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Traffic Calming

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Streetsblog New York City. #BKME. A practical cyclist. Anyone who's done cycling in an urban environment has encountered traffic calming devices.

A practical cyclist

On my modest 9-mile commute in Columbia, MD, I experience speed bumps, rumble strips, chicanes, and traffic circles. Sometimes these devices don't work entirely as intended; they can be abused by drivers, or can be confusing to drivers who don't know how to manage multiple inputs (Bicyclist ahead! Traffic calming ahead!) In a way that reconciles everything. Sometimes, as a Practical Cyclist, you've got to help that driver Do The Right Thing. Today we'll talk about chicanes, "pinch points" that are intended to slow down traffic. So, what's the problem here? What's my secret? Try this the next time you come upon a pinch point (and 3-way traffic circles are analogous to chicanes in this context). DOT - Street Design Manual. Standards for Highways. On this site you will find many invaluable documents relating to the design, construction and maintenance of highways.

Standards for Highways

Simply use the navigation links to access the following: The Design Manual for Roads & Bridges (DMRB) The DMRB was introduced in 1992 in England and Wales, and subsequently in Scotland and Northern Ireland. It provides a comprehensive manual system which accommodates all current standards, advice notes and other published documents relating to the design, assessment and operation of trunk roads (including motorways). It has been developed from a number of separate series of documents previously published by the Overseeing Organisations of England, Scotland, Wales and Northern Ireland.

The Manual of Contract Documents for Highway Works (MCHW) The MCHW, first published in 1992, consists of several parts which include the administrative procedures for its use, the Specification for Highway Works and its corresponding Method of Measurement. Interim Advice Notes (IANs) Links. Design Manual for Roads and Bridges. Traffic Calming 101. “In almost all U.S. cities, the bulk of the right-of-way is given to the roadway for vehicles, the least to the sidewalk for pedestrians… just suppose that Americans were to extend their walking radius by only a few hundred feet.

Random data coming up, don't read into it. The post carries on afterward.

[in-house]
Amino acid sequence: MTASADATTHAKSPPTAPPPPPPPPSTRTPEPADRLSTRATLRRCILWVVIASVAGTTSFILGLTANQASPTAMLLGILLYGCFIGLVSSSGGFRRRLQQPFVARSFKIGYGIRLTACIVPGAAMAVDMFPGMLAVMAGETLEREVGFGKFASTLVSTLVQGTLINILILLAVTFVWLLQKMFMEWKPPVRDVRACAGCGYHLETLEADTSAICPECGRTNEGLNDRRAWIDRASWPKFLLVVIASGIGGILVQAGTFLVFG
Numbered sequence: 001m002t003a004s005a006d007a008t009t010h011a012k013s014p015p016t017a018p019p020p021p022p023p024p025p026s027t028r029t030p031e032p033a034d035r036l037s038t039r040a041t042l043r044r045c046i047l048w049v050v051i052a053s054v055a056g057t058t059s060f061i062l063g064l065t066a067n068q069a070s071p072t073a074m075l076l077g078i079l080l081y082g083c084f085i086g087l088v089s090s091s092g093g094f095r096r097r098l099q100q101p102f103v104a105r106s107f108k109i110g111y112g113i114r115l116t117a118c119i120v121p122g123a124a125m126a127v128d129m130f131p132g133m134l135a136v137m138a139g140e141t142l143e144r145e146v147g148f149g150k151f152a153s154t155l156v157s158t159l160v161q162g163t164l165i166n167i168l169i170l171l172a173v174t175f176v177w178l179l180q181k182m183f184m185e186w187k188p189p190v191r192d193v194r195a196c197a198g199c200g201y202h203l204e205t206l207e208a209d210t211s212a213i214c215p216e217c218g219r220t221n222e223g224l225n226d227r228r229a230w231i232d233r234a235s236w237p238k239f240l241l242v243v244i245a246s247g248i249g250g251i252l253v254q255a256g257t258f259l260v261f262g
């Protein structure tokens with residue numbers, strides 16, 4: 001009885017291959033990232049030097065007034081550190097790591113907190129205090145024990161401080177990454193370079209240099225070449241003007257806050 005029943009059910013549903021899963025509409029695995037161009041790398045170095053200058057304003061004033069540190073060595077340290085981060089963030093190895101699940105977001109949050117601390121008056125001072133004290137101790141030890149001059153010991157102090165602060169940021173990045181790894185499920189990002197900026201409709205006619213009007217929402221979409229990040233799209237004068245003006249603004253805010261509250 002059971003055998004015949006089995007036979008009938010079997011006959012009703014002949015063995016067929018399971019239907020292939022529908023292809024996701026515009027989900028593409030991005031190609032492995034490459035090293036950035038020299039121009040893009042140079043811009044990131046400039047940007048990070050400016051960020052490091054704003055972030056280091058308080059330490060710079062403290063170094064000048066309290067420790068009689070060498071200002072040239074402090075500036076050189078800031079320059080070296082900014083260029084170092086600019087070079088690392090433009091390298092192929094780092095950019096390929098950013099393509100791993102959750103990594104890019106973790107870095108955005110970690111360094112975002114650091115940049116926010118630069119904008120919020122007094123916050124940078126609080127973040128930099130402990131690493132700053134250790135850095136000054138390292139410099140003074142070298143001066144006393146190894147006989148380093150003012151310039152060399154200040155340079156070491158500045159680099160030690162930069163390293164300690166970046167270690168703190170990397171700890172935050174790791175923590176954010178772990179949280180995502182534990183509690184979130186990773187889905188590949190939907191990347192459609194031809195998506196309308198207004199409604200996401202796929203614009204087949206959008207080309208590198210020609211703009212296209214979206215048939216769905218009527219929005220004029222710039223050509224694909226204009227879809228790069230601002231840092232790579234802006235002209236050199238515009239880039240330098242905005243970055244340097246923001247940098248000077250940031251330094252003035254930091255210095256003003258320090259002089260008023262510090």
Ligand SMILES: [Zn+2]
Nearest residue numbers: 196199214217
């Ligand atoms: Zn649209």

Traffic Calming 101

The result could be an emancipation… –William H. Whyte (CITY: Rediscovering the Center) Developed in Europe, traffic calming (a direct translation of the German “vekehrsberuhigung”) is a system of design and management strategies that aim to balance traffic on streets with other uses. It is founded on the idea that streets should help create and preserve a sense of place, that their purpose is for people to walk, stroll, look, gaze, meet, play, shop and even work alongside cars – but not dominated by them.

The tools of traffic calming take a different approach from treating the street only as a conduit for vehicles passing through at the greatest possible speed. Before Traffic Calming: Major Considerations. Pedestrian planning and design guide. PEDSAFE. Accessibility for the Disabled. Chapter 9. Traffic Calming. The Institute of Transportation Engineers defines traffic calming as "the combination of mainly physical measures that reduce the negative effects of motor vehicle use, alter driver behavior, and improve conditions for nonmotorized street users" (Institute of Transportation Engineers, 1999).

Chapter 9. Traffic Calming

Figure 9-1. Half closures placed at intersections are a traffic calming technique intended to divert motorists off of residential streets by closing one-half the roadway and allowing one-way traffic. Half closures reduce crossing distances for pedestrians. Traffic calming utilizes design strategies to slow down cars and increase the visibility of pedestrians and bicyclists. The tools of traffic calming are small in scale and, as a result, are able to be tested, photographed, and evaluated easily. The goals of traffic calming are to: In most localities, the immediate and long-term goals of traffic calming are directly related to the concerns of the residents. Figure 9-2. 9.1 Volume control measures. Transportation Planning Library. Bureau of Engineering. Carfree Cities.